(LEI: Leiden University)
+ 1 AuthorsLieuwe de Haan51
Estimated H-index: 51
Abstract Background Patients with schizophrenia show impairments in social information processing, such as recognising facial emotions and face identity. Goal The aim of this study was to explore whether these impairments represent specific deficits or are part of a more general cognitive dysfunction. Method Forty-two patients with schizophrenia and 42 matched controls were compared on facial emotion and face identity recognition versus (non-social) abstract pattern recognition, using three task...
Published on Apr 1, 2014in Schizophrenia Research4.57
Sophie J. Barkl3
Estimated H-index: 3
(USYD: University of Sydney),
Suncica Lah20
Estimated H-index: 20
(USYD: University of Sydney)
+ 1 AuthorsLea Williams79
Estimated H-index: 79
(Stanford University)
Abstract Objective Patients with chronic schizophrenia are characterized by deficits in identifying facial expressions of emotion, and these deficits relate to impaired social and occupational function. It is not yet known if these deficits are trait-like and present at the onset of psychosis, preceding a subsequent diagnosis of schizophrenia. Our objective was to systematically review and analyze the extant literature to assess if there is a consistent profile of emotion identification problems...
Published on Mar 1, 2014in Schizophrenia Research4.57
Alexander R. Daros8
Estimated H-index: 8
(U of T: University of Toronto),
Anthony C. Ruocco21
Estimated H-index: 21
(U of T: University of Toronto)
+ 2 AuthorsJohn A. Sweeney88
Estimated H-index: 88
(UTSW: University of Texas Southwestern Medical Center)
Patients with schizophrenia and bipolar disorder have difficulties recognizing facial expressions of emotion. Differences in deficits between these disorders and the effects of treating acute symptoms of illness with antipsychotic medication on these deficits are not well characterized. First-episode patients with schizophrenia (n = 24) and psychotic bipolar I disorder (n = 16) were compared to a healthy control group (n = 32) on the Penn Emotional Acuity Test. Patients were studied during an ac...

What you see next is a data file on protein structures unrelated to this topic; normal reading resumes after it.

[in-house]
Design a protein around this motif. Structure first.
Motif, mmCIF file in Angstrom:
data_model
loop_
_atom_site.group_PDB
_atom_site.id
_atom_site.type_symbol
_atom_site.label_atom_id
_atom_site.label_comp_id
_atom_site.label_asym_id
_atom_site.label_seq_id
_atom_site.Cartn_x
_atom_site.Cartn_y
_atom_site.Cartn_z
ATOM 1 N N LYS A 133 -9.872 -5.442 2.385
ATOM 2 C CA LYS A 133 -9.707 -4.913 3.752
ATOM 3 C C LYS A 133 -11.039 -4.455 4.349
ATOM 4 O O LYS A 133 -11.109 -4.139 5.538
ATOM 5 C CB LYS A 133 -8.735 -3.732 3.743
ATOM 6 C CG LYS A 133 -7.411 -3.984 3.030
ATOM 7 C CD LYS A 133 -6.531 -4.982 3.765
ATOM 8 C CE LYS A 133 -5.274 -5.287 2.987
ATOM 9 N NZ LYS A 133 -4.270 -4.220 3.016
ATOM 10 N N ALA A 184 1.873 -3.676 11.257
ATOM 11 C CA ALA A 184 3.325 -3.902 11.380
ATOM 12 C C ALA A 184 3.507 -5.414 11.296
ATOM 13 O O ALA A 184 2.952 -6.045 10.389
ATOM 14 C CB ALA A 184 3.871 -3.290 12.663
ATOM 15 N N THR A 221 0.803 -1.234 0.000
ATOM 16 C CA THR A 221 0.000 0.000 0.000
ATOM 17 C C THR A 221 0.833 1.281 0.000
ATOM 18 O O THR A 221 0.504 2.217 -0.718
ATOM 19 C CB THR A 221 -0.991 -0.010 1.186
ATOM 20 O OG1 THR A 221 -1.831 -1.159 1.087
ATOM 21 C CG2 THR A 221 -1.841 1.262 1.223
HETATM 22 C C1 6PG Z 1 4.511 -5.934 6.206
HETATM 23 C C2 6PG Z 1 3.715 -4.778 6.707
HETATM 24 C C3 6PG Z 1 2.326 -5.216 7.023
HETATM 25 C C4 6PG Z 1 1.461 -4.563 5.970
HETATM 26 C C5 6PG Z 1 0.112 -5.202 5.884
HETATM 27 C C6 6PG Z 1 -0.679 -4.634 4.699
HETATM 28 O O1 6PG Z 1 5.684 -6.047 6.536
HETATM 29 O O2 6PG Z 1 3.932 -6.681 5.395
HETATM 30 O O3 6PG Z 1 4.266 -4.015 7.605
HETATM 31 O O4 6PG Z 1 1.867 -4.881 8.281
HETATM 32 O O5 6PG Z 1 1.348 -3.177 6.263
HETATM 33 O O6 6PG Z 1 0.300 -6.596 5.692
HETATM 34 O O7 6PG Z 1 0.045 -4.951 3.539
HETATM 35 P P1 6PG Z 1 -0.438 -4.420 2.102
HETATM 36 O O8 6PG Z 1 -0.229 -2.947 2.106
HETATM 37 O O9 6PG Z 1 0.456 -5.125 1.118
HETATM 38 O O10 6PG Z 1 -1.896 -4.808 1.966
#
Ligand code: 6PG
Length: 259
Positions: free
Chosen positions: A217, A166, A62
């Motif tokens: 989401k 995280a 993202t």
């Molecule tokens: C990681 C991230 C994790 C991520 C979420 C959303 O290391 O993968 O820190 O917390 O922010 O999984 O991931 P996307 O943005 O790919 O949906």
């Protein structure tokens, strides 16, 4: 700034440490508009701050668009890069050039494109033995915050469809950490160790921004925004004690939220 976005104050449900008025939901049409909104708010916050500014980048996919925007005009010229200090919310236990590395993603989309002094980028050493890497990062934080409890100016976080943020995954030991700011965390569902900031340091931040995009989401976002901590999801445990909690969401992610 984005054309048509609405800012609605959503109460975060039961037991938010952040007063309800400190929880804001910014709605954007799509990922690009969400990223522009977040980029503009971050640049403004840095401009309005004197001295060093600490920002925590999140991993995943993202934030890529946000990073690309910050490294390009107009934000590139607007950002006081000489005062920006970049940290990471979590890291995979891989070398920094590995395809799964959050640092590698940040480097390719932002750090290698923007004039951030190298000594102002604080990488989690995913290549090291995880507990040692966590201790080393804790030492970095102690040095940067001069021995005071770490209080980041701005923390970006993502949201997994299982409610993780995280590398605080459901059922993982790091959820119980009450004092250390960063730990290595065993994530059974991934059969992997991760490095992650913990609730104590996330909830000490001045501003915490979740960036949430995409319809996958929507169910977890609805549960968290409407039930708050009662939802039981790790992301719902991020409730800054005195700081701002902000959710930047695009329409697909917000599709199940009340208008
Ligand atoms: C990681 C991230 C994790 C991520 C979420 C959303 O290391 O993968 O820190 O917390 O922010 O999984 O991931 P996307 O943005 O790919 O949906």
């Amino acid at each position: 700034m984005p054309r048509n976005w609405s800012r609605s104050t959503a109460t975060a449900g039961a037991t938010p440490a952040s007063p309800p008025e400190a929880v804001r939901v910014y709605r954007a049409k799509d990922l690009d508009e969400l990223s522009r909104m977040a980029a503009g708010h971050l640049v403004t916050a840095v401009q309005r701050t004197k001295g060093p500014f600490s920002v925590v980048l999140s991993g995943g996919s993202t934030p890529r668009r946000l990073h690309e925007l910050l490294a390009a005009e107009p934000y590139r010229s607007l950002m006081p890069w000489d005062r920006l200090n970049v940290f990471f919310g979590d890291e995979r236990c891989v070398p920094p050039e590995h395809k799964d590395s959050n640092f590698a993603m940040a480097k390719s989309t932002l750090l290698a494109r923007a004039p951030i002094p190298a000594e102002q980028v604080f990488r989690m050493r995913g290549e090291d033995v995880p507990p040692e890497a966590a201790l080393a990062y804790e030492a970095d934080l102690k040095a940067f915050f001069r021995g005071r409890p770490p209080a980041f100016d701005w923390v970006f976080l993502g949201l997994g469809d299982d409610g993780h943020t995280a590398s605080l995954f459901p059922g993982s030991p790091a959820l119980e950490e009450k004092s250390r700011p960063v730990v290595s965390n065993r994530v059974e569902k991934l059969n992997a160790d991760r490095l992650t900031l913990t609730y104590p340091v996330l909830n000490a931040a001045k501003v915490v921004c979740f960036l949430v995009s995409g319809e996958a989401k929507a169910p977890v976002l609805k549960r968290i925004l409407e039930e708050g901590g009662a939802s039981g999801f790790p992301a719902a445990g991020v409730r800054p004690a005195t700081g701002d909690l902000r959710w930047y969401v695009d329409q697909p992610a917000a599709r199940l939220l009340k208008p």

Published on Dec 1, 2013in Schizophrenia Research4.57
Joseph Ventura44
Estimated H-index: 44
(Semel Institute for Neuroscience and Human Behavior),
Rachel C. Wood5
Estimated H-index: 5
(Semel Institute for Neuroscience and Human Behavior)
+ 1 AuthorsGerhard Hellemann39
Estimated H-index: 39
(Semel Institute for Neuroscience and Human Behavior)
Background In schizophrenia patients, one of the most commonly studied deficits of social cognition is emotion processing (EP), which has documented links to facial recognition (FR). But, how are deficits in facial recognition linked to emotion processing deficits? Can neurocognitive and symptom correlates of FR and EP help differentiate the unique contribution of FR to the domain of social cognition?
Published on Sep 1, 2013in Schizophrenia Research4.57
Helene Eidsmo Barder9
Estimated H-index: 9
(University of Oslo),
Kjetil Sundet46
Estimated H-index: 46
(University of Oslo)
+ 14 AuthorsTor Ketil Larsen32
Estimated H-index: 32
(University of Bergen)
Abstract Cognitive deficits are documented in first-episode psychosis (FEP), but the continuing course is not fully understood. The present study examines the longitudinal development of neurocognitive function in a five year follow-up of FEP-patients, focusing on the relation to illness severity, as measured by relapses and diagnostic subgroups. The study is an extension of previous findings from the TIPS-project, reporting stability over the first two years. Sixty-two FEP patients (53% male, a...